JICKY Timeless modernity 130th anniversary edition

A Guerlain icon and mainstay in the history  of modern perfumery, Jicky is celebrating its 130th  birthday in radiant colour.

For its anniversary,  it has been redesigned with reference to its astonishing and little-known African legend. A new chapter  is being written in the rich story uniting Guerlain  and the arts.



In Senegal, Sheikh Ahmadou Bamba (1853-1927) remains a benchmark, a figure held in high esteem who is still honoured. A poet and famous Sufi theologian, he peacefully opposed the colonisation of his country. A Jicky devotee, the Sheikh was particularly fond of this fragrance. In honour of his memory, every year at the time of the Grand Magal, celebrating the anniversary of his exile to Gabon, his disciples come to reflect at his tomb in the city of Touba (founded by the Sheikh in 1888) and lay Jicky perfume there in homage.


The Senegal-born artist Baye Gallo was chosen to commemorate Jicky and its African legend in an exceptional hand-painted and sculpted edition. The artist works between Senegal and France, where he has set up a studio in Thionville. This multi-talented artist is also a singer-songwriter and mu- sician with the world music group he founded in 2008 – “Baye Gallo & Mawlana Bande”. Taking a lively and joyful approach that echoes the profusion of colour found in African artistic forms, he has created Jicky’s anniversary edition. As a painter, he works with both oil and acrylic, as well as coffee grounds – his favourite material, which he elevates to new heights through his sculpture. This technique with a striking relief powerfully amplifies the contrast between the different elements. He is also a Sufi, just like Sheikh Ahmadou Bamba. He says of this project based on the Senegalese legend: “this is not a chance encounter but a beautiful coincidence”.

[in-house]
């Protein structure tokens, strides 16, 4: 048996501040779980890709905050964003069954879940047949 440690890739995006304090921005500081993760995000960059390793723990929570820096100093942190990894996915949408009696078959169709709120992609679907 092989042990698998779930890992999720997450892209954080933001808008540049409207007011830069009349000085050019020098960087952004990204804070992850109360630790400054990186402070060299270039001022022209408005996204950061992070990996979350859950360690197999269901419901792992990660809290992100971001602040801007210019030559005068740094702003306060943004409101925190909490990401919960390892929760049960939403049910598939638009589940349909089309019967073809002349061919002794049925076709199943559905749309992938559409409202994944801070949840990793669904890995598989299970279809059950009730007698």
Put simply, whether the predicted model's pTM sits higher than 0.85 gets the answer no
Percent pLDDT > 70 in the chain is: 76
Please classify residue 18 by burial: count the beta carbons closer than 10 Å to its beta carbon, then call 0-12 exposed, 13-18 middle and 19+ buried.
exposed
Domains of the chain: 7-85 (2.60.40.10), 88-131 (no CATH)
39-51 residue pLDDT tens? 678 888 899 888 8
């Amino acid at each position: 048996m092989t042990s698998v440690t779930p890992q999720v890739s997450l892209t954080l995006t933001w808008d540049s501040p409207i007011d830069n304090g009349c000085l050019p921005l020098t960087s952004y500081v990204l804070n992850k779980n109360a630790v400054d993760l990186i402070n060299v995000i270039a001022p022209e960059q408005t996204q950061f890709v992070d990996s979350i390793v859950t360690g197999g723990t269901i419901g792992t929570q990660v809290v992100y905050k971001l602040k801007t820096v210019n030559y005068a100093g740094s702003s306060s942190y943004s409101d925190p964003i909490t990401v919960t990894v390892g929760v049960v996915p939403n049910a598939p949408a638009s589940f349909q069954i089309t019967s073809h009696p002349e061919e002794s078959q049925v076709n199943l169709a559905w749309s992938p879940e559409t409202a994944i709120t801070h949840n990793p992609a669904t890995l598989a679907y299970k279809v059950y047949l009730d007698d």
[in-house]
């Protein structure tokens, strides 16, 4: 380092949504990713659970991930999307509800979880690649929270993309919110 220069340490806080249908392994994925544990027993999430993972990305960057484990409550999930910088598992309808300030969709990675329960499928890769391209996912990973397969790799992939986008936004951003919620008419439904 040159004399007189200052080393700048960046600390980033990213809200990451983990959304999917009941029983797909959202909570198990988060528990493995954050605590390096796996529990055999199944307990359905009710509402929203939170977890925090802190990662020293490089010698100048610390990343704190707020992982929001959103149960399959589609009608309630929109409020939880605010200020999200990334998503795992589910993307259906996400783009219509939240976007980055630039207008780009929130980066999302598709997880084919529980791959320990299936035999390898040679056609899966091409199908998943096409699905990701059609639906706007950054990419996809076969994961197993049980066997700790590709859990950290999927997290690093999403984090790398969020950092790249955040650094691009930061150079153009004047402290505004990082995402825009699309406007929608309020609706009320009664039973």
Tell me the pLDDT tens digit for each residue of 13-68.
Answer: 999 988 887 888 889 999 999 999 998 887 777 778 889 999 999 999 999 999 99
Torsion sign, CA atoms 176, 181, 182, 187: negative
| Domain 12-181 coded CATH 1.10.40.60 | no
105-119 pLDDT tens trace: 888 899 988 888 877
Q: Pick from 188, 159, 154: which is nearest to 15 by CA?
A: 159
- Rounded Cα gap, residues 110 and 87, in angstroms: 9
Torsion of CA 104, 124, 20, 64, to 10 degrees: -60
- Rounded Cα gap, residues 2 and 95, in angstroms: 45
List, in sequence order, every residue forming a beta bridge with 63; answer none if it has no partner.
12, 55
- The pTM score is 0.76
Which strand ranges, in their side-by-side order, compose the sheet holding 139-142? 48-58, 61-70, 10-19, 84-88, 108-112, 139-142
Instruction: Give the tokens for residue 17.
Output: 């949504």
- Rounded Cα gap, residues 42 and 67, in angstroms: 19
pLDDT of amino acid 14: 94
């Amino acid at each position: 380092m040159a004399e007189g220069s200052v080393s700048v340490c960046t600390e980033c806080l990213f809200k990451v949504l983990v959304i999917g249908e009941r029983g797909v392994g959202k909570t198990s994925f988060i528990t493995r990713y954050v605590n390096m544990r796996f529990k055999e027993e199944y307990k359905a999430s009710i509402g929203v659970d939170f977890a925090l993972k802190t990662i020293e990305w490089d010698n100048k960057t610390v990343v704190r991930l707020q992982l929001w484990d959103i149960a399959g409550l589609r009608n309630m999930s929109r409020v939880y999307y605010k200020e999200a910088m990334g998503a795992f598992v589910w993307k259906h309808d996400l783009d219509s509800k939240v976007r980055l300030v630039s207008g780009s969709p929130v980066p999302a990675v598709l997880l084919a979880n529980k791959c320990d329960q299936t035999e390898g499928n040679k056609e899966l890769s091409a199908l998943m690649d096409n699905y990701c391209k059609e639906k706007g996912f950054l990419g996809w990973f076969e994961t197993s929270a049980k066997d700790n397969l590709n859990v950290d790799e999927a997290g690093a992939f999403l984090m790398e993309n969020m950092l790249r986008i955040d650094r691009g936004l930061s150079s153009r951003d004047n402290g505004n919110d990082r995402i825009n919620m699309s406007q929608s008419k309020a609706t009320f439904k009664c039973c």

On giant crystal quadrilobé bottles, Baye Gallo has chosen to express a rich African inspiration – blending figurative art and abstraction – that takes Jicky on an imaginary poetic journey to Senegal. Voluble colours and human silhouettes in black dialogue, move from gestures to words, and pass on the legend. Three omnipresent lines symbolise the course of a lifetime, scanning the passage of time: past, present and future. In the words of Baye Gallo, “honouring memories to consider the present, and living in the present to imagine the future”.